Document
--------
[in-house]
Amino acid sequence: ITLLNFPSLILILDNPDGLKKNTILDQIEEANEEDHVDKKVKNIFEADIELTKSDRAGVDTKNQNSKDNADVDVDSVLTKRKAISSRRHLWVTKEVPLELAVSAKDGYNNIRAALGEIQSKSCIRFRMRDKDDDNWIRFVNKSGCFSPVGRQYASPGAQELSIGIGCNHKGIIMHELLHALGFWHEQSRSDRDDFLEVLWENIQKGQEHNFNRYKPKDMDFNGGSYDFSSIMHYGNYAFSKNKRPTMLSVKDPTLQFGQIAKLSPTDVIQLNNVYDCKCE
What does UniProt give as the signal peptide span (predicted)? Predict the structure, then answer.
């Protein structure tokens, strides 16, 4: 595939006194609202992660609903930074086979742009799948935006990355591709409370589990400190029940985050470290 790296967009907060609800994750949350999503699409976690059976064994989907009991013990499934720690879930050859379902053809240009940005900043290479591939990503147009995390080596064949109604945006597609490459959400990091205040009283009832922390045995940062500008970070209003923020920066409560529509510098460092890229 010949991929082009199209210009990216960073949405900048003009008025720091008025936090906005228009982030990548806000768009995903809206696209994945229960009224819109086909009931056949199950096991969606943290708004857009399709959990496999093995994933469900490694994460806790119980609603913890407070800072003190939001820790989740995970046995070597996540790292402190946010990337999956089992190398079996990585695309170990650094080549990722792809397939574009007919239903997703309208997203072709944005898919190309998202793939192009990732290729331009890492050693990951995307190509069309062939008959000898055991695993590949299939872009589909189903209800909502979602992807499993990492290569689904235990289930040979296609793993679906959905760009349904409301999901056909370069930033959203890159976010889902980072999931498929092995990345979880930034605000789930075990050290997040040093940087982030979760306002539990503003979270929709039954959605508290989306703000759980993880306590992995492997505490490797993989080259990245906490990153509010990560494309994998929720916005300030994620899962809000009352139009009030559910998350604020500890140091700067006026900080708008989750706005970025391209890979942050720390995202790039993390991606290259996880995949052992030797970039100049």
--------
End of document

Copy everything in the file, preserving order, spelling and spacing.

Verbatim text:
[in-house]
Amino acid sequence: ITLLNFPSLILILDNPDGLKKNTILDQIEEANEEDHVDKKVKNIFEADIELTKSDRAGVDTKNQNSKDNADVDVDSVLTKRKAISSRRHLWVTKEVPLELAVSAKDGYNNIRAALGEIQSKSCIRFRMRDKDDDNWIRFVNKSGCFSPVGRQYASPGAQELSIGIGCNHKGIIMHELLHALGFWHEQSRSDRDDFLEVLWENIQKGQEHNFNRYKPKDMDFNGGSYDFSSIMHYGNYAFSKNKRPTMLSVKDPTLQFGQIAKLSPTDVIQLNNVYDCKCE
What does UniProt give as the signal peptide span (predicted)? Predict the structure, then answer.
């Protein structure tokens, strides 16, 4: 595939006194609202992660609903930074086979742009799948935006990355591709409370589990400190029940985050470290 790296967009907060609800994750949350999503699409976690059976064994989907009991013990499934720690879930050859379902053809240009940005900043290479591939990503147009995390080596064949109604945006597609490459959400990091205040009283009832922390045995940062500008970070209003923020920066409560529509510098460092890229 010949991929082009199209210009990216960073949405900048003009008025720091008025936090906005228009982030990548806000768009995903809206696209994945229960009224819109086909009931056949199950096991969606943290708004857009399709959990496999093995994933469900490694994460806790119980609603913890407070800072003190939001820790989740995970046995070597996540790292402190946010990337999956089992190398079996990585695309170990650094080549990722792809397939574009007919239903997703309208997203072709944005898919190309998202793939192009990732290729331009890492050693990951995307190509069309062939008959000898055991695993590949299939872009589909189903209800909502979602992807499993990492290569689904235990289930040979296609793993679906959905760009349904409301999901056909370069930033959203890159976010889902980072999931498929092995990345979880930034605000789930075990050290997040040093940087982030979760306002539990503003979270929709039954959605508290989306703000759980993880306590992995492997505490490797993989080259990245906490990153509010990560494309994998929720916005300030994620899962809000009352139009009030559910998350604020500890140091700067006026900080708008989750706005970025391209890979942050720390995202790039993390991606290259996880995949052992030797970039100049």